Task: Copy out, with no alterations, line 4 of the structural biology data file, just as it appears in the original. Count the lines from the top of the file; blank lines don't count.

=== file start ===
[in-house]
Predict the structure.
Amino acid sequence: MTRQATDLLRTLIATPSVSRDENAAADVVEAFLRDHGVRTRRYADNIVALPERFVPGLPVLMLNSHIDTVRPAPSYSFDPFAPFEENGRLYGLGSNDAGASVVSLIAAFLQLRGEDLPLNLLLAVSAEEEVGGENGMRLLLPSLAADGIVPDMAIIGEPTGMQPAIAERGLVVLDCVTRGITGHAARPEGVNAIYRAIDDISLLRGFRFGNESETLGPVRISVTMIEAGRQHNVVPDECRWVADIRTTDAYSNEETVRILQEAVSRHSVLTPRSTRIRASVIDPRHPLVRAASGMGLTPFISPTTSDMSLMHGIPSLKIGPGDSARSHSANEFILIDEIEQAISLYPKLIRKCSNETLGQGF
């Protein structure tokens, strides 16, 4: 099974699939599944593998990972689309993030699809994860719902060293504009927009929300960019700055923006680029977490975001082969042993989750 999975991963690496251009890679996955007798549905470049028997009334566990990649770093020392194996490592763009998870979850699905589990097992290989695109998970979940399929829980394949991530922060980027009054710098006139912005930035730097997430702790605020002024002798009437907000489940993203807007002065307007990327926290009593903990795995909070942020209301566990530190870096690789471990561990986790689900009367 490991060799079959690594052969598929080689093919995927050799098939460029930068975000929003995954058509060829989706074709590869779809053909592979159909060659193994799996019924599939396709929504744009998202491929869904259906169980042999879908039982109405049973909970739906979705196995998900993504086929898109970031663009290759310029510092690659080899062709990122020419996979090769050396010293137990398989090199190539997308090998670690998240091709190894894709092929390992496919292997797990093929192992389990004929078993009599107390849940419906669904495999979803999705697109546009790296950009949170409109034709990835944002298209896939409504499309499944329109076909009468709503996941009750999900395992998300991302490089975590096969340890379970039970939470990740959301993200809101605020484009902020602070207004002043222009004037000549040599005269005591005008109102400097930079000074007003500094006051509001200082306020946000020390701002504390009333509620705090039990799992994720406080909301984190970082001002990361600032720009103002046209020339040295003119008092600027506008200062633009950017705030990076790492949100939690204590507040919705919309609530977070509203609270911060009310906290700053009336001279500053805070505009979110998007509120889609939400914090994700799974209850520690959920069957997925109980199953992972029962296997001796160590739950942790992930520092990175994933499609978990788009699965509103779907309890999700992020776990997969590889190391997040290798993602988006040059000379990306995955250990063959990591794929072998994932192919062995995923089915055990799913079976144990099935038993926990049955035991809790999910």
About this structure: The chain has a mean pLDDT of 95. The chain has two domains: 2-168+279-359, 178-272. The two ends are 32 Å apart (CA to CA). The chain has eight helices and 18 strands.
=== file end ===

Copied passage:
């Protein structure tokens, strides 16, 4: 099974699939599944593998990972689309993030699809994860719902060293504009927009929300960019700055923006680029977490975001082969042993989750 999975991963690496251009890679996955007798549905470049028997009334566990990649770093020392194996490592763009998870979850699905589990097992290989695109998970979940399929829980394949991530922060980027009054710098006139912005930035730097997430702790605020002024002798009437907000489940993203807007002065307007990327926290009593903990795995909070942020209301566990530190870096690789471990561990986790689900009367 490991060799079959690594052969598929080689093919995927050799098939460029930068975000929003995954058509060829989706074709590869779809053909592979159909060659193994799996019924599939396709929504744009998202491929869904259906169980042999879908039982109405049973909970739906979705196995998900993504086929898109970031663009290759310029510092690659080899062709990122020419996979090769050396010293137990398989090199190539997308090998670690998240091709190894894709092929390992496919292997797990093929192992389990004929078993009599107390849940419906669904495999979803999705697109546009790296950009949170409109034709990835944002298209896939409504499309499944329109076909009468709503996941009750999900395992998300991302490089975590096969340890379970039970939470990740959301993200809101605020484009902020602070207004002043222009004037000549040599005269005591005008109102400097930079000074007003500094006051509001200082306020946000020390701002504390009333509620705090039990799992994720406080909301984190970082001002990361600032720009103002046209020339040295003119008092600027506008200062633009950017705030990076790492949100939690204590507040919705919309609530977070509203609270911060009310906290700053009336001279500053805070505009979110998007509120889609939400914090994700799974209850520690959920069957997925109980199953992972029962296997001796160590739950942790992930520092990175994933499609978990788009699965509103779907309890999700992020776990997969590889190391997040290798993602988006040059000379990306995955250990063959990591794929072998994932192919062995995923089915055990799913079976144990099935038993926990049955035991809790999910």